DEUTSCHKREUTZ (also Cruez ; Hung. Keresztúr or Németkeresztúr, Sopronkeresztúr ; Heb. צלם, צעלם), town in E. Austria. Its community, one of the "Seven Communities" of *Burgenland, increased mainly at the end of the 15th century. In 1526 it absorbed Jews expelled from *Sopron. The situationof the Jews in Deutschkreutz improved when the princes Esterházy took over Deutschkreutz in 1664. In 1701 an agreement was signed between them and the community, renewed several times against payment; Deutschkreutz Jews were permitted to do business in Sopron. A synagogue was built in 1747 and rebuilt in 1834. It was destroyed by the Nazis in 1941. The community was known for its Orthodoxy; its yeshivah became celebrated, especially under Menahem *Katz-Wannfried. The composer Karl *Goldmark grew up in Deutsch-kreutz. When in 1921 Burgenland was finally separated from Hungary, Deutschkreutz lost its hinterland, and the community decreased. It numbered 28 persons in 1672; 47 in 1725; 20 families in 1729; 222 persons in 1735; 100 families in 1780; 1,230 persons (37.8% of the total population) in 1880; 764 in 1911; 410 in 1929; and 433 (12.1%) in 1934. Immediately after the Anschluss in 1938 the Nazis expelled the Deutschkreutz Jews to Vienna. At the time there were 103 families (433 persons) there. In 1944 hundreds of Hungarian Jews were deported to Deutschkreutz to build the Ostwall fortifications. There were no Jews living in Deutschkreutz in 1970. A monument was erected on the site of the synagogue in 1949. The cemetery, including 286 gravesites of forced laborers from Hungary, has been fenced in and is cared for by the Vienna community. Part of the community archives has been preserved and transferred to the Burgenland state archives in Eisenstadt.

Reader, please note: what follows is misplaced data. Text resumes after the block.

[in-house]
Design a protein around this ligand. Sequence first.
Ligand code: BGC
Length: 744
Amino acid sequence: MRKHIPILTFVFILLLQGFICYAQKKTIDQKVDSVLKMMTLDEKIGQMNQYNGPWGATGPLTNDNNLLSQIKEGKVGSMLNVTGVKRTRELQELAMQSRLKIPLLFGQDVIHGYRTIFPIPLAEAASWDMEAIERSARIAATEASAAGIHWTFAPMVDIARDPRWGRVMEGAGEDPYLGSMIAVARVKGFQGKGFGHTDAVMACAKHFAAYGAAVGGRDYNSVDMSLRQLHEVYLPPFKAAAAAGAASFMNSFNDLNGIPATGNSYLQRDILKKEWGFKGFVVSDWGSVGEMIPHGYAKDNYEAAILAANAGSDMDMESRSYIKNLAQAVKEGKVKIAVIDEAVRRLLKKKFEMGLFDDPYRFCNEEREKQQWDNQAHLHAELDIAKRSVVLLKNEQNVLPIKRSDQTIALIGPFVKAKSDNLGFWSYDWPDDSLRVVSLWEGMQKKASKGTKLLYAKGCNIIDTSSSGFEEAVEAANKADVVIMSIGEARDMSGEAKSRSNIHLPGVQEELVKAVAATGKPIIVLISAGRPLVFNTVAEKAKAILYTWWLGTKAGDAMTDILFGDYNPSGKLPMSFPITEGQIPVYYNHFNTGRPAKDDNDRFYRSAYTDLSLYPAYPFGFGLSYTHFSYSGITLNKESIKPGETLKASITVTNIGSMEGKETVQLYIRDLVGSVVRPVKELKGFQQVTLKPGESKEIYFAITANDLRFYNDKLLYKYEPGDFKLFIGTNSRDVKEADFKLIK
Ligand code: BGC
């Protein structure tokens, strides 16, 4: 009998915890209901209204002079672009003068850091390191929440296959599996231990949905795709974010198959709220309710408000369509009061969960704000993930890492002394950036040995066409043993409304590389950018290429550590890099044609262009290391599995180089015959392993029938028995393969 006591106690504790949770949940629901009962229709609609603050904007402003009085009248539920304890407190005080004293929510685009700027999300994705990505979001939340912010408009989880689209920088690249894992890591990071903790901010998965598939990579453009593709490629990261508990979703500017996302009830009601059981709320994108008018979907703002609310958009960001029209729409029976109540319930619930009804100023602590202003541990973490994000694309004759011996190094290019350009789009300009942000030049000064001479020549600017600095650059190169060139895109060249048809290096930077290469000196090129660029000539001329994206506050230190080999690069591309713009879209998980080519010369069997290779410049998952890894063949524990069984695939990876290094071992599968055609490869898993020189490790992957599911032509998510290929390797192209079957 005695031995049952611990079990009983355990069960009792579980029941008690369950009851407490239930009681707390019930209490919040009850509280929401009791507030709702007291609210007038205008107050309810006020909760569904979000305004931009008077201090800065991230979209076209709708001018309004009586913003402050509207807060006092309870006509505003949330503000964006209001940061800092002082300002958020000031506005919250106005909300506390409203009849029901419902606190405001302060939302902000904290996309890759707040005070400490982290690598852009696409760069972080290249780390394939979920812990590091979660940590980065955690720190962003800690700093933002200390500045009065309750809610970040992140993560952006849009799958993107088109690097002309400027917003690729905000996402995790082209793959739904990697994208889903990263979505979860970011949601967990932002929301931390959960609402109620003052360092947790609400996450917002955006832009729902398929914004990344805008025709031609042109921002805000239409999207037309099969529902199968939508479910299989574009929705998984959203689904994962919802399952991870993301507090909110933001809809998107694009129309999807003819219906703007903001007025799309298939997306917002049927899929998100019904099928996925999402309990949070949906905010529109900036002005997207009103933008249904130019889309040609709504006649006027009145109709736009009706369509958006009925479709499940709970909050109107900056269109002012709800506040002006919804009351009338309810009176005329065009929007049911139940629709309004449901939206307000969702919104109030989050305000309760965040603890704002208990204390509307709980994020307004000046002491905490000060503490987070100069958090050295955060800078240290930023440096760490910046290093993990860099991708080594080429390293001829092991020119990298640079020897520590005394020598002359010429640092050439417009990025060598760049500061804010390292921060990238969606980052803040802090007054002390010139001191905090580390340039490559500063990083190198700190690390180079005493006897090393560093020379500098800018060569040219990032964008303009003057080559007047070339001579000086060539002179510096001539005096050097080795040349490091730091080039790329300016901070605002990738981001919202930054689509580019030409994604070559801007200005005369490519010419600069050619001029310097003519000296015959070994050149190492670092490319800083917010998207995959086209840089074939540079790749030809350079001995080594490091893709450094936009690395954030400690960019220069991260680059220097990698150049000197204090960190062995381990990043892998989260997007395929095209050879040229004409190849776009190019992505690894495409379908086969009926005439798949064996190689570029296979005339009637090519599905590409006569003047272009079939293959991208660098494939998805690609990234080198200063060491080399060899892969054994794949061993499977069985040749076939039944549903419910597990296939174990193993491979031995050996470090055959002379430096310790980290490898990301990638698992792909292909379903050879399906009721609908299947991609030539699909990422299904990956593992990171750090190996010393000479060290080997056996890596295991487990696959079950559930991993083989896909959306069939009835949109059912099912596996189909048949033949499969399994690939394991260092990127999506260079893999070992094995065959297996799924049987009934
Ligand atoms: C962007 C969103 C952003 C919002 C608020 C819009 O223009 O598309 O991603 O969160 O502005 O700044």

L. Moses, in: jjlg, 18 (1927), 305–26; 19 (1928), 195–224; Magyar Zsidó Lexikon (1929) s.v.Németkeresztúr; mgwj, 74 (1930), 92–93; Y. Gruenwald, Mekorot le-Korot Yisrael (1934), 91–99; mhj, 2 (1937); 5, pt. 1 (1959); 5, pt. 2 (1960); 6 (1961); 7 (1963); 8 (1965); 10 (1967), index; N. Gergely, in: Új Élet, 14 (Dec. 15, 1969); A. Zistler, in: H. Gold (ed.), Gedenkbuch der untergangenen Judengemeinden des Burgenlandes (1970), 57–74; bjce; pk. add. bibliography: S. Spitzer, Die juedische Gemeinde von Deutsch-kreutz (1995).
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"Deutschkreutz." Encyclopaedia Judaica. . Retrieved February 15, 2019 from Encyclopedia.com: https://www.encyclopedia.com/religion/encyclopedias-almanacs-transcripts-and-maps/deutschkreutz